She sidled nervously to me near the lifts as I waited for the friday rush to pass, averted her gaze, and simply said “Sorry I’m resigning, can I not work my notice period as the new company need me in a week?” She smiled wanly and waited for my response as I stared at whether to board the open lift.
If you’ve faced this or dread this, you’re not alone in not being prepared for employee resignations! Most managers are caught off guard by them, but there are a few simple principles to remember to make them go more smoothly.
Rather than suggesting you keep your ear to the ground, and ensure your team are happy in their work, I’d much rather give you a 5 step process for dealing with the unexpected as it will happen, and it will ruin your weekend.
1. Take the news well. You might be panicking inside about how are you going to deal with the vacancy as work is piling up, as well as finding a replacement and getting that person up to speed… all these thoughts will be coursing through your brain. You should not take this panic out on the employee. Getting angry or guilt-tripping her about their resignation isn’t appropriate nor professional. Instead, (deep breath) congratulate her on her new position and tell her that she’ll be missed. Remember, your other employees will hear about how you treat people who resign, and will take their cues accordingly.
2. Don’t make a counter-offer. We are often driven to an offer to counter the new role in a moment of panic (“We can’t lose Chee right now! We have that big project coming up!”). In my experience they rarely work out well tactically or strategically. Tactically, your employee has made her decision to leave. If you try to lure her back with more money, you’re generally just retaining a dissatisfied employee, and kicking the problem down the road. Resist that urge. Strategically, if you set the precedent that to get a raise you must resign, then people will cue outside of your office with offers. If the person is that important, you should have been looking after them well before it cam to a competing job offer.
3. Discuss logistics right away. Agree when her last day will be, what she considers she can accomplish between now and then, and when and how she would like to announce her leaving to the rest of the team. If your employee is handling her resignation professionally and pleasantly – as most people do – you should leave it up to her to tell her colleagues (although make sure that happens soon, so that you can move forward with transition planning). And then inform HR when to make the internal announcement. On the other hand, if she seems bitter or unhappy, you might choose to manage that announcement yourself so that you have some control over the tone and time.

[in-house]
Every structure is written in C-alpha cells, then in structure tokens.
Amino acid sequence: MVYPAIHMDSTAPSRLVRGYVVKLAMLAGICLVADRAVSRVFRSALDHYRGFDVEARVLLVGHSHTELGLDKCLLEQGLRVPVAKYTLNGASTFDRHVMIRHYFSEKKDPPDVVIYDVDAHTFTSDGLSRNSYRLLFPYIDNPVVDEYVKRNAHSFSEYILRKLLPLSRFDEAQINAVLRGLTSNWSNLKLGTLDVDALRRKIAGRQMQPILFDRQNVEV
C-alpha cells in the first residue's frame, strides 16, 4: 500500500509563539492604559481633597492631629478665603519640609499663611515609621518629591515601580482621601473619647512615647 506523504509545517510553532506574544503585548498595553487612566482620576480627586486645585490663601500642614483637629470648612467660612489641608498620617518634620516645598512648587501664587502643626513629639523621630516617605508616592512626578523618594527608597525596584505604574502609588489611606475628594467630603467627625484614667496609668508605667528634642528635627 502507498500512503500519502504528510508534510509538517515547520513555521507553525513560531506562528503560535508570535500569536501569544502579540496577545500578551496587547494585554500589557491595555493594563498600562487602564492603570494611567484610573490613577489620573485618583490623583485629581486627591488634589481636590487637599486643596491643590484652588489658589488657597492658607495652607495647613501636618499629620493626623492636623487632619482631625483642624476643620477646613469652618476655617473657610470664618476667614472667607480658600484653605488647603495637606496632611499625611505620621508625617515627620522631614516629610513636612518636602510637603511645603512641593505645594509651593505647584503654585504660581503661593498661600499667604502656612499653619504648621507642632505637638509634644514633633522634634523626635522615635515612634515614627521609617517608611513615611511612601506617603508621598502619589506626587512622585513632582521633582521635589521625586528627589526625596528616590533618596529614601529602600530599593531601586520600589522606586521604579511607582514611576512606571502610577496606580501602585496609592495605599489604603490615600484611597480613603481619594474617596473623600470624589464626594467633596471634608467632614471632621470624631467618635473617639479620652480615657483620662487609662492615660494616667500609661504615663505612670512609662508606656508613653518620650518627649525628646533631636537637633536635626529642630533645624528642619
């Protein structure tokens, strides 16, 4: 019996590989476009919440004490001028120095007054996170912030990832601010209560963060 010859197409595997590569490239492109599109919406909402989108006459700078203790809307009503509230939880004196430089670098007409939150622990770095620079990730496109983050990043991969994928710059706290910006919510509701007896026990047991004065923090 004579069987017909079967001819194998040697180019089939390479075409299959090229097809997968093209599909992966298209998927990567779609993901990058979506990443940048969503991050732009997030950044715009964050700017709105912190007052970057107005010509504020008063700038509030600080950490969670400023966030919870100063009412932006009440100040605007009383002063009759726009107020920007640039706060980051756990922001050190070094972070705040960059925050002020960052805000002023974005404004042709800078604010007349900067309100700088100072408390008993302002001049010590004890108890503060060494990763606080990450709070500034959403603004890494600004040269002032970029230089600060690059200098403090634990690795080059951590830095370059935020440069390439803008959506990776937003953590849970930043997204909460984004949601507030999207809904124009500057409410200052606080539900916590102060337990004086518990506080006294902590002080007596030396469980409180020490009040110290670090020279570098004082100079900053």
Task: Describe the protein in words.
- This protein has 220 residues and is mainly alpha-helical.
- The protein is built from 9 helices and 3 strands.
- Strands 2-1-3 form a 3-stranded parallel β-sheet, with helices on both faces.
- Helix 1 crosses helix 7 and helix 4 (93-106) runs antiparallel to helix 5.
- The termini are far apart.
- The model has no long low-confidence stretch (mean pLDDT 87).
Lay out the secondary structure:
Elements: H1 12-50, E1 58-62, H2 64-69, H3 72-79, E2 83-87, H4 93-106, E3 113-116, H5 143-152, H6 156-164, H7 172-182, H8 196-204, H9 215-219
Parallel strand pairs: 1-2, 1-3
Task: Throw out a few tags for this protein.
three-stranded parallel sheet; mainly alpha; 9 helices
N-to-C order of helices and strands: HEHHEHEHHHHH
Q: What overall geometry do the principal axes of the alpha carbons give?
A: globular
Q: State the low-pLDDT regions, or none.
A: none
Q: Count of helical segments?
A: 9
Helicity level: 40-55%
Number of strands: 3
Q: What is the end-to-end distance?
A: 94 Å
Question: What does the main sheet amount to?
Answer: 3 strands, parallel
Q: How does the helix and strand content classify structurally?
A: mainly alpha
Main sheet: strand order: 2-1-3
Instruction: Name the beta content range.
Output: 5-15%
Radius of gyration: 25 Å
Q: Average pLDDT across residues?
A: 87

4. Create a detailed transition plan with incentives (if appropriate). Sit down with your employee and make a list of everything she’s currently working on, including key client relationships. From there, agree (i) what she should complete before she departure and (ii) how you should consider handling those responsibilities before a replacement is hired within the team. For the former, make sure that your departing team member has a clear and specific to-do list, which should also include plans for transferring key knowledge and contacts before she goes, as well as how to alert outside contacts of her departure so that they aren’t surprised when an email to her bounces back one day. To ensure follow through consider an appropriate incentive for completion, should you think this necessary.
But don’t absolve ourself from responsibility once that plan is created. Set up a regular progress meeting and start to invite those who will temporarily replace her in as well, to ensure continuity. Please, don’t just trust that everything on that plan is getting done or you risk finding out on her last day that things aren’t being left in the shape you’d assumed.
5. Think about what you need in a replacement, and begin recruiting. Don’t just automatically post the same job description that you used last time. This is the perfect period to take some time to think about what you really need in the role and how it might have changed over time. Make sure that you’re hiring for what you need today, not what you needed when that ancient job description was first written. Focus on outcomes rather than inputs. Once you’re clear on that, switch to recruiting mode immediately – hiring the right person takes time, and generally the sooner you start, the better the result.
So, no need to be wary of employees coming to you 5, 6 7pm on a Friday, you have a great process to cope.
Have any of your team members recently resigned, how did you cope? Please share some of your experiences and learnings with us.